Category Archives: food

Pumpkin spice latte season

As pumpkin spice latte season approaches and I continue to avoid Starbucks I thought it was time to get on with making my own coffee.

I followed the following recipe from but it basically comes down to the following:

1 or 2 tablespoons of pumpkin puree (can from Waitrose)
1 or 2 tablespoons of sugar
1 cups soy milk
1/2 tea spoon vanilla extract

mix them all up and heat them by either steaming with a frother or in the microwave.

Add a shot or two of espresso.


Homemade pumpkin spice latte. It only takes two tablespoons of pumpkins so freezing the rest. #coffee

A photo posted by Joanna Booth (@stillawake17) on


10 minute creamy mushrooms with cous cous

Chop up a few mushrooms, as many as you fancy.
Chop up finely, half a clove of garlic. Rub some sea salt on it to grind it up a bit.
Melt some butter in a frying pan, add a tablespoon of flour
add the mushrooms
fry a bit
add a quarter of a stock cube
add some cream. Bring to the boil and then simmer for a bit.


Boil the kettle.
Put half a cup of cous cous in a bowl.
Add 3/4 cup of boiling water to the cous cous.
Add a pinch of salt.
Cover for five minutes.
Stir a bit.
Cover for five more minutes and then the food will be ready.

Add the mushroom mix to the cous cous.

Delicious and lovely.

No. 4 Clifton Village, food review

The night we visited No. 4 Clifton Village couldn’t have been darker or wetter if we had come off a boat and landed in Alaska (in the dark). Compared to the horrible outside, the surroundings were softly lit and enticingly coloured all due to some recent refurbishing, apparently. Tapestry in rich red colours hung on the walls, the lighting was low and the tables were stripped down wood in not unpleasant tones.

The dining room was half-empty so I thought maybe we should sit by a window but then realised all we’d be looking at would be a car park. Best to be by the opposite wall where the other tables and chairs weren’t right by us. Up close the tapestry was not tapestry after all but a wallpaper with a plastic feel that seemed to be peeling a bit down the bottom. A shame, admittedly, but I thought a glass of red wine would cheer up proceedings.

My choice of red wine , an Australian Cabernet Sauvignon did not fare well in the crossing to England at all and was sharp and not fun to drink. Luckily towards the end of the large glass I was no longer too bothered. I just compare it to a delicious Yellow Tail Shiraz I tried recently where the cherry flavours practically melt into a syrup as you drink and wish that there had been a maitre’d or someone available to guide me to a better selection. No. 4 Clifton Village just isn’t that kind of place.

There was a short menu of four starters and four mains with two of the former being vegetarian and one of the mains. That’s quite impressive these days so I was most pleased.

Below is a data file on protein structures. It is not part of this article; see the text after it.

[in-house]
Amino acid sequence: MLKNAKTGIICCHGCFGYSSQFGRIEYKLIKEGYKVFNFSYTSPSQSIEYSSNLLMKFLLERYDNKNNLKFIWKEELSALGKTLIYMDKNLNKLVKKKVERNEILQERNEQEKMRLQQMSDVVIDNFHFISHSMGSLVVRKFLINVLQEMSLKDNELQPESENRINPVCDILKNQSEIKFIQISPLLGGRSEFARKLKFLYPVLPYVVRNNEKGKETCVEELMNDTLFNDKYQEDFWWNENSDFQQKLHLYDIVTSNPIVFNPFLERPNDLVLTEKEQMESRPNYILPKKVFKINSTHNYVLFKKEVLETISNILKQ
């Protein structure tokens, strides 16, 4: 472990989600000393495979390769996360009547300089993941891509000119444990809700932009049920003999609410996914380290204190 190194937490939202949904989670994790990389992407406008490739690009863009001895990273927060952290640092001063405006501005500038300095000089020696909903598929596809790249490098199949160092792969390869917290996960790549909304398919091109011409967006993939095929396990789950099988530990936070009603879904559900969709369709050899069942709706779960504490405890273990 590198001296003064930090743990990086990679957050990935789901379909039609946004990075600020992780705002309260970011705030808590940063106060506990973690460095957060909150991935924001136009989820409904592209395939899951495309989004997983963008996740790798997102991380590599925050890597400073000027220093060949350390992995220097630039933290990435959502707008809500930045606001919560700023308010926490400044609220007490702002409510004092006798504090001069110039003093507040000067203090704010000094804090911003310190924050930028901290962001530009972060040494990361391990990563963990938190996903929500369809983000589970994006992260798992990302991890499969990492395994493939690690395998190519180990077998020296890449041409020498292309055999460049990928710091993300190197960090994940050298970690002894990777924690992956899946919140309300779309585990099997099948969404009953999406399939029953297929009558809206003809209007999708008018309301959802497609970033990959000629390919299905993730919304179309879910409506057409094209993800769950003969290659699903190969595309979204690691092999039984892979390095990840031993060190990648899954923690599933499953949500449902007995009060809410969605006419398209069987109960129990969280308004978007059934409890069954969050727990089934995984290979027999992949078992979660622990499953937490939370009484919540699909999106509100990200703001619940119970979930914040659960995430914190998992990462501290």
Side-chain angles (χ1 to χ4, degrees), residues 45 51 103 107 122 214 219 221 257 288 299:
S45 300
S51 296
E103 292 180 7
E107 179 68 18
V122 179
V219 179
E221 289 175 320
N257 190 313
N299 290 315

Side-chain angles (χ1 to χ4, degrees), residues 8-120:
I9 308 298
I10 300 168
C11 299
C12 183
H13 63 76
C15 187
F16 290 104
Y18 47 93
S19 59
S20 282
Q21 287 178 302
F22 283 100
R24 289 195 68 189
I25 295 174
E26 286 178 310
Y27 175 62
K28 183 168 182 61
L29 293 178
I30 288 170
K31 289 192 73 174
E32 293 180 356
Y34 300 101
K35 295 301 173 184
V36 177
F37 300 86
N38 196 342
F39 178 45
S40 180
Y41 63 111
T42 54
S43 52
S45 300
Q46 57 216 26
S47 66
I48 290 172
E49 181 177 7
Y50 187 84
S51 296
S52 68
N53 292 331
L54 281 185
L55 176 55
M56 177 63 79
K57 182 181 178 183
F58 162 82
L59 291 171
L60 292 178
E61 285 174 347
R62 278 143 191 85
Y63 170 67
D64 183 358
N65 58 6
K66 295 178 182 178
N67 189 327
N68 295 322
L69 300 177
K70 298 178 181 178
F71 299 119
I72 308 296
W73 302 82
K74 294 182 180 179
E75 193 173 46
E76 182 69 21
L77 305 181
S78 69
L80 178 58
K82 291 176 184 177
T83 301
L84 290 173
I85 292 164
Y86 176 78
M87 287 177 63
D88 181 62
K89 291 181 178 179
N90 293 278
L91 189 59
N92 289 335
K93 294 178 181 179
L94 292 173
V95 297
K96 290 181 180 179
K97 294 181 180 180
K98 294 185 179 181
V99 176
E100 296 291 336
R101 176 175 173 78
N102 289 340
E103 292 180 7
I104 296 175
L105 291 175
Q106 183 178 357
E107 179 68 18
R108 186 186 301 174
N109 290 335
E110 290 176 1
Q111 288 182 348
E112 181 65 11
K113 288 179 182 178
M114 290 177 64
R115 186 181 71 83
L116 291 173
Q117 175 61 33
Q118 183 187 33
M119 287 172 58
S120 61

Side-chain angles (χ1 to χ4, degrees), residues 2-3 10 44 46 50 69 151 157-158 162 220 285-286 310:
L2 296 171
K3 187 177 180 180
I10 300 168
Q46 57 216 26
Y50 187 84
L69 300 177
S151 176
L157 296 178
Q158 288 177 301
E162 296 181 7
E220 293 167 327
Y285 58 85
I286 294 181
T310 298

We ordered some bread with olives until the food came along and were quickly disappointed. The bread and olives were served with cold butter in individual foil packets, the basil oil, which was promoted by our waitress, was a lovely vivid green but in taste was bland and pointless. All of this would have been somewhat acceptable if the bread was not so tasteless. With the number of very good bakeries that Bristol hosts it is a huge shame to serve such uninspiring offerings.

The rest of the food for me was a bit more palatable.

My starter of bruleed goat’s cheese, walnut and beetroot done in two ways was just gorgeous in its slightly caramelised appearance, the sweetness of the dark red puree, the golden beetroot and the scatterings of something sweeter and crunchy. I loved it and would happily go back for more.

My main was curried arancini balls with cauliflower and apricot and these were also rather tasty and more filling.

My partner’s lamb dish was just lamb, however. No sides, which would have been an additional £3 and would have taken this dish to nearly £20. Considering we’d been to the Ox recently where their special is rump steak, chips and a glass of wine for £12.50 there was an instant dislike to this patently inferior dish with its much higher cost.

There are plenty of great restaurants in Bristol at the moment which offer similar priced food and No 4 accommodate this by offering many price deals. January, for example is two courses for £10.

If I was a meat-eater I would still rather go to the Ox on Corn Street or Flinty Red on Cotham Hill. As a vegetarian I would wait for a different main to go on the menu but wouldn’t say no to another visit if the bread was improved. In fact I suggest that in Mediterranean style, a basket of warm bread be served with some proper butter to all diners. It would help them be more satisfied with the small portions.

The Rodney Hotel, 4 Rodney Pl, Bristol, Avon BS8 4HY, 0117 970 6869

Who feeds Bristol and what can we do about it?

Did you know that 10 in 35 Bristol wards don’t have a greengrocer? According to where you live in the city, this may or may not surprise you. I live in the city centre and while I hear of people selling fresh fruit and vegetables in the Bear Pit on Pero’s Bridge and on North Street, I can’t think of a single dedicated greengrocer near me. People in Brislington and Lockleaze have none while those in Westbury-on-Trym have four.